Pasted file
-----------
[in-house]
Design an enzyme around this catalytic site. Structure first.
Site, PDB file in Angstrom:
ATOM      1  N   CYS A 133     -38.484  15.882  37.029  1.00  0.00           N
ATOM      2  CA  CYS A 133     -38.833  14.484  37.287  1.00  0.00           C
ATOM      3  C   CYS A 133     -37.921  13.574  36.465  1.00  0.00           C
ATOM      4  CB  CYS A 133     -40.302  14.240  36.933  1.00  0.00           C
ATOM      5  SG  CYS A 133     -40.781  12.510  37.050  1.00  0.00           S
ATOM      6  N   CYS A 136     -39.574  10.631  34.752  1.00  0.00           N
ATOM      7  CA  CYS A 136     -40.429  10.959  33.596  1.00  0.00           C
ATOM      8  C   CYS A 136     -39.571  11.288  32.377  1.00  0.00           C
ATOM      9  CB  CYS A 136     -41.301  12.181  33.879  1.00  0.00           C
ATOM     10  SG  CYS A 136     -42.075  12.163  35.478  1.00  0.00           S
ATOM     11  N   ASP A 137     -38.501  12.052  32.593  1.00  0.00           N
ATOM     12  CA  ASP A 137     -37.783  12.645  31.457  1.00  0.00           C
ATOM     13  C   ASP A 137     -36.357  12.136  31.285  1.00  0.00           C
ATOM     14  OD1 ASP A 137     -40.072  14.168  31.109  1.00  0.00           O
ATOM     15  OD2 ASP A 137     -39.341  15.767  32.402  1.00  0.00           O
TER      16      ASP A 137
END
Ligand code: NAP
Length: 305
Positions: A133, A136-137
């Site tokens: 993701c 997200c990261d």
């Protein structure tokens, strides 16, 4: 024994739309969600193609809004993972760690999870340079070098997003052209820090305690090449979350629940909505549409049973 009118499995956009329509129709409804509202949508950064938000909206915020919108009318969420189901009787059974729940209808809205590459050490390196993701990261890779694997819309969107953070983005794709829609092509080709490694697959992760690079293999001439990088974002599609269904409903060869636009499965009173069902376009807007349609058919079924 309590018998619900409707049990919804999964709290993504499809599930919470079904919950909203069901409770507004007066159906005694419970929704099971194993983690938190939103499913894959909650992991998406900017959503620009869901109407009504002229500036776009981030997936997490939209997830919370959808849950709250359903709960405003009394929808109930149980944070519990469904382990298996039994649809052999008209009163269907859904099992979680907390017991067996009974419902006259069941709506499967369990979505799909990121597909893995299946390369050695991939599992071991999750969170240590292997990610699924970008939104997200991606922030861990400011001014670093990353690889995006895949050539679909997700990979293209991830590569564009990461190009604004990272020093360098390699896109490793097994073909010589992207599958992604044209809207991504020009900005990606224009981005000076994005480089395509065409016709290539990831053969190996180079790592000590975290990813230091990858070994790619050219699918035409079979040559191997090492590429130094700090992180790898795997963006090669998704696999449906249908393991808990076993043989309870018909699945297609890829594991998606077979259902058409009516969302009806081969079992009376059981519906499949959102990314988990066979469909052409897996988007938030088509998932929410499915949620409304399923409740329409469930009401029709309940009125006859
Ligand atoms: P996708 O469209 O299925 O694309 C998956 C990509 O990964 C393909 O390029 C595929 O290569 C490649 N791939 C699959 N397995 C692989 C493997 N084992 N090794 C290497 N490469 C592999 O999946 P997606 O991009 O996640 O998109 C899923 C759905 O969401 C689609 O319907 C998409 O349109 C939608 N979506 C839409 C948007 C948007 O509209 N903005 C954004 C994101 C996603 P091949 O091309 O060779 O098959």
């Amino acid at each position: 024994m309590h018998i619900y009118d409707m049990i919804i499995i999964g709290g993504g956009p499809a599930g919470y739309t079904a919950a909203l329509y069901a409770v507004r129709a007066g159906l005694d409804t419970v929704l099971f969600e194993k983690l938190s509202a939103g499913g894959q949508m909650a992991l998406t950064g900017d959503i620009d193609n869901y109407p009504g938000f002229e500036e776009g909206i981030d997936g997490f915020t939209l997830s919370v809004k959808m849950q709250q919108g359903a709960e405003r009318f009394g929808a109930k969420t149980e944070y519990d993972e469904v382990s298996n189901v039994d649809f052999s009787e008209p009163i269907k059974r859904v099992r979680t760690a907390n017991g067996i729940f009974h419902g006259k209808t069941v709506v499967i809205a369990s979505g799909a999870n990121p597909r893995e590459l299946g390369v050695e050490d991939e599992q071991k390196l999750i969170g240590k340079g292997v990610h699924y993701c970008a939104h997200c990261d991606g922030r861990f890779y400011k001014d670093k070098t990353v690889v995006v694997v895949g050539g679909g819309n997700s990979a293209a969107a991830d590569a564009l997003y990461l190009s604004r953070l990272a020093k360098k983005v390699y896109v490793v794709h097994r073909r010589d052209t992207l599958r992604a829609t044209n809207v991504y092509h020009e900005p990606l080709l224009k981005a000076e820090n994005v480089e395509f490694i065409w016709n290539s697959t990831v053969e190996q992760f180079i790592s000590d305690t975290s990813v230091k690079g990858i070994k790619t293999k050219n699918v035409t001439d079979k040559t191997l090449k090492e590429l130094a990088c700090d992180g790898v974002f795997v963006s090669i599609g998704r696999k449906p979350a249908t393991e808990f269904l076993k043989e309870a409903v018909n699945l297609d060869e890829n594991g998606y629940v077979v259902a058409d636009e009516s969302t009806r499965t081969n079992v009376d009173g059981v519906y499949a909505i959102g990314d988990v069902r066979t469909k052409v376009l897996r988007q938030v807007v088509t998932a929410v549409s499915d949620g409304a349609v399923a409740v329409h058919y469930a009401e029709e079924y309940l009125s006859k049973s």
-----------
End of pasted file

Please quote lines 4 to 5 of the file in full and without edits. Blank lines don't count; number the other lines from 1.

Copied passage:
ATOM      1  N   CYS A 133     -38.484  15.882  37.029  1.00  0.00           N
ATOM      2  CA  CYS A 133     -38.833  14.484  37.287  1.00  0.00           C